Promoting healthy ecosystems to build resilience to climate change

Projects

1.2 Action – Mitigation (Restoration): Restoration of Eastern Cape Subtropical Thicket

The carbon sequestration potential of Eastern Cape thicket is high and it is estimated that the restoration of degraded land will sequester some 411 tonnes of carbon dioxide equivalent per hectare. In light of the rapid development of the carbon market, the project explores the potential for sourcing financial support for biodiversity conservation and land restoration in the Eastern Cape thicket biome through the sale of accrued carbon credits. The thicket restoration project support local communities through job creation and the restoration and maintenance of the vital ecosystem services upon which these communities depend for survival. CAP is currently in negotiation with local stakeholders, including the Department of Water Affairs and Forestry (DWAF)’s Eastern Cape Restoration Programme (ECRP,) to assist with the development of a business case for the broad scale future the roll out of thicket restoration in the province.

The Wilderness Foundation (WF), as the lead implementation agent in the Baviaanskloof Mega-Reserve Project, made land and resources available to the DWAF, funding the Subtropical Thicket Restoration Program (STRP) which started in 2004. The STRP is now incorporated under the national Working for Woodlands and provincial ECRP banners. The ECRP currently comprises the STRP and thicket and other vegetation restoration initiatives such as the Matiwane Forest Restoration Project, St Francis Thatch, and the Kouga Riparian Restoration Programme.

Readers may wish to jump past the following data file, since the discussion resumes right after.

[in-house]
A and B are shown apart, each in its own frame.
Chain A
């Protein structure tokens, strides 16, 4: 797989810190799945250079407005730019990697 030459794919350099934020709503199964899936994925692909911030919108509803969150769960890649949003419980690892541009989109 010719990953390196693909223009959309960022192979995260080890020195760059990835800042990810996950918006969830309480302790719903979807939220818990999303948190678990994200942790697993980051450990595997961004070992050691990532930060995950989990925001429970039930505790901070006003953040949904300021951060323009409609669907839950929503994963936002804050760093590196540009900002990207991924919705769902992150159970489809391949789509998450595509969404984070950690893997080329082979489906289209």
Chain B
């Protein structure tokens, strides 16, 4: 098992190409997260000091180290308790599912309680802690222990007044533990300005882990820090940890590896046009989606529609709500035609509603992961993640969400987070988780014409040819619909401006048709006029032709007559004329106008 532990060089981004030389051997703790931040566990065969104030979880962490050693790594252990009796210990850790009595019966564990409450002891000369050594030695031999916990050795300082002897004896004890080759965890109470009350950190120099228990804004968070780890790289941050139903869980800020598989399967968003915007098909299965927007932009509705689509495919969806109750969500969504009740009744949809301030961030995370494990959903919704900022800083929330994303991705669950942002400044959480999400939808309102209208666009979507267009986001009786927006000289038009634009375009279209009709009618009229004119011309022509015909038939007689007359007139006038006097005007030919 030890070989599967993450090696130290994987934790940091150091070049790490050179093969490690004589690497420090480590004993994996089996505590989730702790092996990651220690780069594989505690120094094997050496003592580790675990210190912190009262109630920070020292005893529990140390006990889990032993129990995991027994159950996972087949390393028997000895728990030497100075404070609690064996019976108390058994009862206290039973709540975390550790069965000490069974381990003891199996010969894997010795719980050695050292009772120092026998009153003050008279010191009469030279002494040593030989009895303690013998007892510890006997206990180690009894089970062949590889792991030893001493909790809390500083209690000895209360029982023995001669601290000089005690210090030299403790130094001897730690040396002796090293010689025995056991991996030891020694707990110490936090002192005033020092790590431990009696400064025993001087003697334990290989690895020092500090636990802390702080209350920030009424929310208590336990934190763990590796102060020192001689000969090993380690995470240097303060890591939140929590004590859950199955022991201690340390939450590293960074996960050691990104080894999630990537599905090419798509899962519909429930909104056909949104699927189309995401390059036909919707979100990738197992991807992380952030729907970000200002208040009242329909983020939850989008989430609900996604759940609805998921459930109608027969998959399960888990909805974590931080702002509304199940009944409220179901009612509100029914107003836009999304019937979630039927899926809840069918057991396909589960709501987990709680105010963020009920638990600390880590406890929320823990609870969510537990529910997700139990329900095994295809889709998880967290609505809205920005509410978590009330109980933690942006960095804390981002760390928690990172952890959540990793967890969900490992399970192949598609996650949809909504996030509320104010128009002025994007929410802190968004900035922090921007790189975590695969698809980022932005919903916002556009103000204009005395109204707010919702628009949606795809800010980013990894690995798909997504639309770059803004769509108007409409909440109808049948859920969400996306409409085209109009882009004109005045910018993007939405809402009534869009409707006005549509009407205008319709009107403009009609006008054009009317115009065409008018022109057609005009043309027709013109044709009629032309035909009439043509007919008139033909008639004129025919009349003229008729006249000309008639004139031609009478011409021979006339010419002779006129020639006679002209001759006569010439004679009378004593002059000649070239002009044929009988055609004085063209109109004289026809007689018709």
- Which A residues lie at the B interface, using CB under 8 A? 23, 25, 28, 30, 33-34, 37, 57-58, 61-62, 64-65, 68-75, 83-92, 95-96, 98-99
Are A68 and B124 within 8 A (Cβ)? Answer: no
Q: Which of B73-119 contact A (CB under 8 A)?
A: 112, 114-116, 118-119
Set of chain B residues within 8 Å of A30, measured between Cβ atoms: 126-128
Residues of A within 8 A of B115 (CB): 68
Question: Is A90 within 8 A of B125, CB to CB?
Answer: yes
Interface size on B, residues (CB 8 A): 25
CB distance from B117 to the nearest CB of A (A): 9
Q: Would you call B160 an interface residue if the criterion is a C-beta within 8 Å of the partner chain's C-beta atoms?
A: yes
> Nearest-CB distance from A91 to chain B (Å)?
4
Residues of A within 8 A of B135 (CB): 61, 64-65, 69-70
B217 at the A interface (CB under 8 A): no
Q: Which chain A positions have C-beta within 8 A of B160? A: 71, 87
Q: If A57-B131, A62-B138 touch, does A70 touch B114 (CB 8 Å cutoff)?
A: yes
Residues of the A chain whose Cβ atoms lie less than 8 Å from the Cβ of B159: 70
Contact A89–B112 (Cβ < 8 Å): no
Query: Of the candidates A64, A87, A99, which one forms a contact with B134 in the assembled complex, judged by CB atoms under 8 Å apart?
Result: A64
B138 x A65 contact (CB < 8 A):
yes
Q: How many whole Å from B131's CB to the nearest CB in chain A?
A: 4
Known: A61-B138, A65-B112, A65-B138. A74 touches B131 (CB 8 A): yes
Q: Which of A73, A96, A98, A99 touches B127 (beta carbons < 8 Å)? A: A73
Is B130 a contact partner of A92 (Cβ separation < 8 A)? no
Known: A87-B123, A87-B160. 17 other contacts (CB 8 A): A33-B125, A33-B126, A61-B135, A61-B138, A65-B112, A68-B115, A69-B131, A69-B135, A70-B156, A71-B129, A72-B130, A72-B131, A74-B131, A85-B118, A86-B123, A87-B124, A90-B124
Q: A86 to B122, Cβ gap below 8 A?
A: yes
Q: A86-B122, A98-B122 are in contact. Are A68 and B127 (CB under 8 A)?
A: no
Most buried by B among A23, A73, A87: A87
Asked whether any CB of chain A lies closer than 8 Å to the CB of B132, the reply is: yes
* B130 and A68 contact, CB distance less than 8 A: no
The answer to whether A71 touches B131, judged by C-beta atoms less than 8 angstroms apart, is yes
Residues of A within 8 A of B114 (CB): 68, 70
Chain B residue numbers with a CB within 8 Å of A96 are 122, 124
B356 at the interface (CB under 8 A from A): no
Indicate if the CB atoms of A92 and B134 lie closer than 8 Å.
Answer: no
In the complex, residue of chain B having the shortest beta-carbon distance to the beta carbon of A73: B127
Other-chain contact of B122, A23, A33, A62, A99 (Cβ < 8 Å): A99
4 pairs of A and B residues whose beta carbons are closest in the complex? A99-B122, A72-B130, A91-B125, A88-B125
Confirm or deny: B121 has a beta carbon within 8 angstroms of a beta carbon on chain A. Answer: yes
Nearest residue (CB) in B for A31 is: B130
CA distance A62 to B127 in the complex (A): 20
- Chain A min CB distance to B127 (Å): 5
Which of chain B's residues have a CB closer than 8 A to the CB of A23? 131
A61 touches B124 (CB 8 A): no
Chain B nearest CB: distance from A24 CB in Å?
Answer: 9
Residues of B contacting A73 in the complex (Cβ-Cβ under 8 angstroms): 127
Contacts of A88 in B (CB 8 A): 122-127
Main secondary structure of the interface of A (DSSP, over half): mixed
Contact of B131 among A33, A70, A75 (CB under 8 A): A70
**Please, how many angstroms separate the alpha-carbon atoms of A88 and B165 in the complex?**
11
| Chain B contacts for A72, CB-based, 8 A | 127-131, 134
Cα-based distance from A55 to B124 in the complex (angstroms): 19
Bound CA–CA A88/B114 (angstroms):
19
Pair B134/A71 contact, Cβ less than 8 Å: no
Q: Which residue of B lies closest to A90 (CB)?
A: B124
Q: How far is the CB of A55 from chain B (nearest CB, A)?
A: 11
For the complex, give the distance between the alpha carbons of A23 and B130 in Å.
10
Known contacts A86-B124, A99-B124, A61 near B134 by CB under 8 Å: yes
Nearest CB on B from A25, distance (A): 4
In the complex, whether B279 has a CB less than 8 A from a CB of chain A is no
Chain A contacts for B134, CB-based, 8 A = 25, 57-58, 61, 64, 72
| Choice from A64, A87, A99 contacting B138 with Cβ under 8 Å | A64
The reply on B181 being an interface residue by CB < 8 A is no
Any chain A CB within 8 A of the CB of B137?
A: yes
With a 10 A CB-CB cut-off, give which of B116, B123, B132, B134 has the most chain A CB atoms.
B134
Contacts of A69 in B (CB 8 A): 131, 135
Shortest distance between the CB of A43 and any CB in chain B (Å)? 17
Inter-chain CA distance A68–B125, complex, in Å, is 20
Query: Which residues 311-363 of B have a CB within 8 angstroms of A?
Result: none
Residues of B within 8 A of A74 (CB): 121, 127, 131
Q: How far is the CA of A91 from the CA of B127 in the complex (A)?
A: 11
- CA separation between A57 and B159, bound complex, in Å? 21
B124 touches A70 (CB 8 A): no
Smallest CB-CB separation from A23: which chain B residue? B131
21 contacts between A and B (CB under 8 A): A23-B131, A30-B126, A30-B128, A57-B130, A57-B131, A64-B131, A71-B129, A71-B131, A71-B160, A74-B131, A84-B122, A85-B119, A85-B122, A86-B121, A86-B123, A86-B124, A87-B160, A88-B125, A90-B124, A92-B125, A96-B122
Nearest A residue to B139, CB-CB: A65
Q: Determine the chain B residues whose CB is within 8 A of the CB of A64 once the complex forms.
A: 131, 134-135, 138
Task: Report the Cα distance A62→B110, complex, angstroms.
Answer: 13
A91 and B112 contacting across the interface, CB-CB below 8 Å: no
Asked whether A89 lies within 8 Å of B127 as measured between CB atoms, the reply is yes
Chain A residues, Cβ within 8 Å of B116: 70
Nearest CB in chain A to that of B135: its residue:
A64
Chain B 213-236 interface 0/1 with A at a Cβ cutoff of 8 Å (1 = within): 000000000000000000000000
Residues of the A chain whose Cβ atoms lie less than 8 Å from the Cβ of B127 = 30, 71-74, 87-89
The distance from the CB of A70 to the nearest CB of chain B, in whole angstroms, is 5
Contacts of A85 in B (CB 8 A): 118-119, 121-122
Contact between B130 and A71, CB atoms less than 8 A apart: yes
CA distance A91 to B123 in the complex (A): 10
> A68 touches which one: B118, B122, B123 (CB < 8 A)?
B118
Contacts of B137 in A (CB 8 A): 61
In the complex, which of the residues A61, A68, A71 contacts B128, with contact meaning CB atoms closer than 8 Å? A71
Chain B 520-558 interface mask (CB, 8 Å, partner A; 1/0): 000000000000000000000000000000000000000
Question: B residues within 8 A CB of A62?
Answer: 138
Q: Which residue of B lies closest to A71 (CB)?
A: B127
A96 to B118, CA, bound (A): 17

WF planted pilot restoration plots around the eastern Baviaanskloof, in the Cambria Region at Goedehoop, Rooihoek, and in western kloofs of the Mega Reserve. These sites are spread across land owned by both Eastern Cape Parks and WF. These pilot plots are an essential part of developing the business case for thicket rehabilitation and ‘carbon farming’ as an alternative land-use for the Eastern Cape, allowing for the collection of data to provide a scientifically defensible basis for claiming carbon sequestration rates. The plots are also sites for experimentation with various planting and land restoration tools and techniques, part of determining the most effective strategy for large scale thicket restoration. To view the information booklet, Investing in Sustainability – Restoring degraded thicket, capturing carbon, and earning green credit, which provides an overview of this research, go to www.R3G.co.za. The monitoring of the pilot sites continues under the ECRP with the Restoration Research Group (R3G). R3G have undertaken all the scientific research with regard to subtropical thicket restoration at the pilot sites. DWAF and the Gamtoos Irrigation Board have also constructed an indigenous nursery to supply restoration projects throughout the province.

See also the CAP Project 3.2. Section: Research for the Investing in Sustainability viability assessment of carbon capture and creating sustainable livelihoods in Eastern Cape Subtropical Thicket restoration.

Contact:
Matthew Norval- Programme Director: Conservation
Email: matthew@sa.wild.org
Tel: + 27 (0) 41 373 0293
Fax: + 27 (0) 41 374 1821



Click the image to enlarge:
Click the image to enlarge: Baviaanskloof thicket restoration pilot project
Baviaanskloof thicket restoration pilot project
Click the image to enlarge: Havens Nursery
Havens Nursery
Click the image to enlarge: Richard Cowling (R3G) explaining about Spekboom restoration
Richard Cowling (R3G) explaining about Spekboom restoration
Click the image to enlarge: Planting Spekboom in Oudtshoorn
Planting Spekboom in Oudtshoorn
Click the image to enlarge: Spekboom
Spekboom
Click the image to enlarge: Spekboom
Spekboom
Click the image to enlarge: Spekboom field trip
Spekboom field trip
Click the image to enlarge: Erosion prevention on Havens restoration site
Erosion prevention on Havens restoration site
Posted: 4/13/2011 (2:17:25 PM)

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